The white-tailed deer hunting season may be in the recent past for most of us, but hopefully we all have the memories and some good eating to help us make it through until next season’s opener. Until then, it’s time to focus on habitat management and wishful thinking that this spring and summer will be a wet one. Almost as much as the deer hunting itself, the one thing that I will really miss about deer season is hanging out at camp discussing deer management and trading hunting stories from past trips.
It seems ironic to many non-hunters that hunters really do respect the animals that they pursue and kill. The same can be said of deer hunters across the whitetail’s range. Deer hunters relish the opportunity to tag just a single buck each year, but some lucky hunters manage to tag a couple of bucks each fall. This was the case for Illinois’ Phillip McGowan. While out deer hunting this past hunting season he never expected to stumble into two bucks, especially two bucks locked together. Here is his story:
“My name is Phillip McGowan from Bloomington, Illinois. This hunting season, while deer hunting on private property in Woodford County, Illinois, I experienced something most hunters have never encountered and never will encounter during their lifetimes. I shot two bucks; However, after shooting the first buck, to my surprise, I had all the time in the world to shoot the second. Both whitetail bucks were locked by their antlers due to a freak sparring accident that would ultimately be their last.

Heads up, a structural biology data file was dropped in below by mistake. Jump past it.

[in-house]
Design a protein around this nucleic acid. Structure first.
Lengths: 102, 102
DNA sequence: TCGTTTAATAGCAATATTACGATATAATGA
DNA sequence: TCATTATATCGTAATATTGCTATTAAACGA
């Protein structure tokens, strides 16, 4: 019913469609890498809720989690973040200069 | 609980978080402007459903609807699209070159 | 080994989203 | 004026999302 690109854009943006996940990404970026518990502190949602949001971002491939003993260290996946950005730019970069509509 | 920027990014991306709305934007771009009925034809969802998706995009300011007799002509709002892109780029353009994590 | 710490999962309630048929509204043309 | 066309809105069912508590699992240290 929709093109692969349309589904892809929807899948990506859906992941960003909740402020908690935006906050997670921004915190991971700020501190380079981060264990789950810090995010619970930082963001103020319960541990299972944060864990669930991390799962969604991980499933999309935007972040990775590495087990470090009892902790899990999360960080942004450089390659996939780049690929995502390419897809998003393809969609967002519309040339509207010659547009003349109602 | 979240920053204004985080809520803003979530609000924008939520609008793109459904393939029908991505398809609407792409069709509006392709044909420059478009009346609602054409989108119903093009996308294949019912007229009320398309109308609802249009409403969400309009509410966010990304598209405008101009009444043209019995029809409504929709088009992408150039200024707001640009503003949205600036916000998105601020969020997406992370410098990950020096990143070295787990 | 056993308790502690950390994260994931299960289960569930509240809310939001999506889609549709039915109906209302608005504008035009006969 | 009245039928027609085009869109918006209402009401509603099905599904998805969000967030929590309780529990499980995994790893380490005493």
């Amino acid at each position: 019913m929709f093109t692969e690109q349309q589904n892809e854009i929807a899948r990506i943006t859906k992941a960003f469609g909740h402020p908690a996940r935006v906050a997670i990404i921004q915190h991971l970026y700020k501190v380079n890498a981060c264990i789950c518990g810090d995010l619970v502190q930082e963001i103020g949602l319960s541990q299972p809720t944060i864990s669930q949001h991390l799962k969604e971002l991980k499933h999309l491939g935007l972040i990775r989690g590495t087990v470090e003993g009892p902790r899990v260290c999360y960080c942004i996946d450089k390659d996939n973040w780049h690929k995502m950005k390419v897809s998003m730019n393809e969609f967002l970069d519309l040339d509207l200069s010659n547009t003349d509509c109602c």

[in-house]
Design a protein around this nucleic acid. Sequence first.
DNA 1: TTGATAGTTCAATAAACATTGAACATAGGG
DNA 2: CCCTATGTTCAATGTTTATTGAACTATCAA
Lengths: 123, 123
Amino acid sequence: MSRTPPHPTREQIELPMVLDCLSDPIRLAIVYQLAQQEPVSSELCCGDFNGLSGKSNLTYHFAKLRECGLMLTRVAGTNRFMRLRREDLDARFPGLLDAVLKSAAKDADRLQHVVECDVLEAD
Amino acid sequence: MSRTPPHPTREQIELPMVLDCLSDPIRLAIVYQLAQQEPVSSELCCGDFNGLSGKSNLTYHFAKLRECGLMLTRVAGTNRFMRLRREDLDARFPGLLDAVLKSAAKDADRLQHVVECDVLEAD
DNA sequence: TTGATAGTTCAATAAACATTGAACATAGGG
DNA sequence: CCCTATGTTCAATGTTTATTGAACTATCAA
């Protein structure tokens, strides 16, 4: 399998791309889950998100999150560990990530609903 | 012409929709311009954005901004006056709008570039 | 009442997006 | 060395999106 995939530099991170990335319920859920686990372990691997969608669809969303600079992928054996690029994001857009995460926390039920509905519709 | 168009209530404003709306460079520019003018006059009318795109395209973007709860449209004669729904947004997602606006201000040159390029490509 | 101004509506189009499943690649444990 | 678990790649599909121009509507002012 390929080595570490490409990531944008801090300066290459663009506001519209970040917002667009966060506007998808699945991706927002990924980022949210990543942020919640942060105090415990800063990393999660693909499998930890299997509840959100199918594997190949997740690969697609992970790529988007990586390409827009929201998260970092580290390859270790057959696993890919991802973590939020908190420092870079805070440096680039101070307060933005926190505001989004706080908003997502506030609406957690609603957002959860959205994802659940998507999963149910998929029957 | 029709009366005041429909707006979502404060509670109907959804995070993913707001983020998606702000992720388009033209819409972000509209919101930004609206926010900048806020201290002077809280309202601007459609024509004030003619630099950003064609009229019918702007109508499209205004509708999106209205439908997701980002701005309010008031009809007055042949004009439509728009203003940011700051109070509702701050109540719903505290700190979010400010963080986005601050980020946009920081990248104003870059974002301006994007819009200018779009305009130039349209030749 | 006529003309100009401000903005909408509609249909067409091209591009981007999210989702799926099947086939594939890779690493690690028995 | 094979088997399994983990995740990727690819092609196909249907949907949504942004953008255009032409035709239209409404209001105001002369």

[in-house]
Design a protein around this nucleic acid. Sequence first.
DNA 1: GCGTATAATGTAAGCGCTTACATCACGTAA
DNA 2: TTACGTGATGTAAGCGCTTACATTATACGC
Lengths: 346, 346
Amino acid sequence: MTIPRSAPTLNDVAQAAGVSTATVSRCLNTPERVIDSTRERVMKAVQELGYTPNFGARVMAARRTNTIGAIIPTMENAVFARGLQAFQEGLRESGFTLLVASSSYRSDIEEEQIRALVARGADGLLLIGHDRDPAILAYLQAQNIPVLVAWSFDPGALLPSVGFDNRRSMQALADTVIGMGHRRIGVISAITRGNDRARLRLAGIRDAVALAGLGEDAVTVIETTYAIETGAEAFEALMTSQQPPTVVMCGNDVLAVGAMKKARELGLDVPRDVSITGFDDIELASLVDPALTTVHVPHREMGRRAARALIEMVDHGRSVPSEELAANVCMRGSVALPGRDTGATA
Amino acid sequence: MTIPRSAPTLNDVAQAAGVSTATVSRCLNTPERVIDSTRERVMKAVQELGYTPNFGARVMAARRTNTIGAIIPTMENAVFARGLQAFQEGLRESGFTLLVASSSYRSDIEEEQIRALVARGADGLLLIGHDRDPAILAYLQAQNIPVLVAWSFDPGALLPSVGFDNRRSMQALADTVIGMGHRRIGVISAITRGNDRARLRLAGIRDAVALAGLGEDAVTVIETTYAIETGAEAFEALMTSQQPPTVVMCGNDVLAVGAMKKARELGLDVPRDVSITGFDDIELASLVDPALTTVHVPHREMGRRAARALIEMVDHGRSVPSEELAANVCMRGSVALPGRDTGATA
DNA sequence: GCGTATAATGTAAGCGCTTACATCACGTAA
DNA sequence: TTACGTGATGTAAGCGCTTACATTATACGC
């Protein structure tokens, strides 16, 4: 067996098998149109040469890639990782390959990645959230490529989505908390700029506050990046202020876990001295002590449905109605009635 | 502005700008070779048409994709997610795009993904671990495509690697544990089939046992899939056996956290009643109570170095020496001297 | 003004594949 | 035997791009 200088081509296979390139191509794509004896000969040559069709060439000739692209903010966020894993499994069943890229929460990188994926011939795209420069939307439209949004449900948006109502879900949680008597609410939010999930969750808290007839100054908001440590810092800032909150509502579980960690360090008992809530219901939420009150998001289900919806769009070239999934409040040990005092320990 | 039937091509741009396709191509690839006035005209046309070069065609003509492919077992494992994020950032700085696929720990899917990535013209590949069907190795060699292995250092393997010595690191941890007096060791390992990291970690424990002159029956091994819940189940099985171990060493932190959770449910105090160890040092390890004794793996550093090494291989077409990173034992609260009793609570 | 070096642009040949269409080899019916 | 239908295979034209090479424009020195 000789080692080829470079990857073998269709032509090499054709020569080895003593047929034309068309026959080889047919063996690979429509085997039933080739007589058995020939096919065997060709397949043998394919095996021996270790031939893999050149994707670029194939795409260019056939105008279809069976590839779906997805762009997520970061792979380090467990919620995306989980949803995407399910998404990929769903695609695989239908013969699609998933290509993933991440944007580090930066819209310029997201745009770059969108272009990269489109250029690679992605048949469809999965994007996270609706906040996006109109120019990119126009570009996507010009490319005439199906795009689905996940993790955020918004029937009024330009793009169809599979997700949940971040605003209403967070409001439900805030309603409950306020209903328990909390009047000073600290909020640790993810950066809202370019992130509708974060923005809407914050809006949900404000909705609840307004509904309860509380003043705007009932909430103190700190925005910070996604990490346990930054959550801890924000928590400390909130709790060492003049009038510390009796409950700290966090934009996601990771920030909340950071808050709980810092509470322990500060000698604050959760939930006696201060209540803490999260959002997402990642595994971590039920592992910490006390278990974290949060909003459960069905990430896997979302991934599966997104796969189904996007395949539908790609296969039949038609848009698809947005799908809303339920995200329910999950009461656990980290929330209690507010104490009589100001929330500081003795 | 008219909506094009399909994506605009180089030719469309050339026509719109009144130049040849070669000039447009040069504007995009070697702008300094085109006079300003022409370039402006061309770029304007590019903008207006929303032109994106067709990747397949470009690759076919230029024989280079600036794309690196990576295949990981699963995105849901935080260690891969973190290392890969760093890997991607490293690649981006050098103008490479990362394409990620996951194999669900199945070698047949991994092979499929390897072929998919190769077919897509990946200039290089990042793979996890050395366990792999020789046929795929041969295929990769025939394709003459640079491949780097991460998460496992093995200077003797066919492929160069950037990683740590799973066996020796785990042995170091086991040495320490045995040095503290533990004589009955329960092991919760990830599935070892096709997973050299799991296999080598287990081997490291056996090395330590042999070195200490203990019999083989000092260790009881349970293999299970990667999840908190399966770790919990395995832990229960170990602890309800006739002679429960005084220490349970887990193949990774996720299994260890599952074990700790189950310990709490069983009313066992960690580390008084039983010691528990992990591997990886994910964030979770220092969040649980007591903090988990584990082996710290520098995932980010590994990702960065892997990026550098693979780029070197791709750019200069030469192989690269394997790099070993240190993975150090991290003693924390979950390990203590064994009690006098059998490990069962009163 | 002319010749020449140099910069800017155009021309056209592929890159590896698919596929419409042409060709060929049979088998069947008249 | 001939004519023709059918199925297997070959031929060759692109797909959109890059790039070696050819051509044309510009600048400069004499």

The buck’s antlers were so intertwined, that after shooting the smaller buck of the pair, the larger buck literally drug the smaller deer backwards. That is, until I was able to get a good, steady shot the second buck. Each of the deer were decent-sized bucks in good body condition, which is remarkable for two competing bucks during the rut and due to the unnatural living arrangements. They must have become locked shortly before I encountered them.
Eventually, these whitetail bucks would have died and someone would have came across the two skulls, cleaned by scavengers. However, to actually see both bucks alive and for a split-second and to observe how they moved in tandem–having avoided the entire bow hunting season and the first season of shotgun hunting–is an honor and a story my I and my family will pass on for generations to come. Attached are some pictures of the locked bucks.”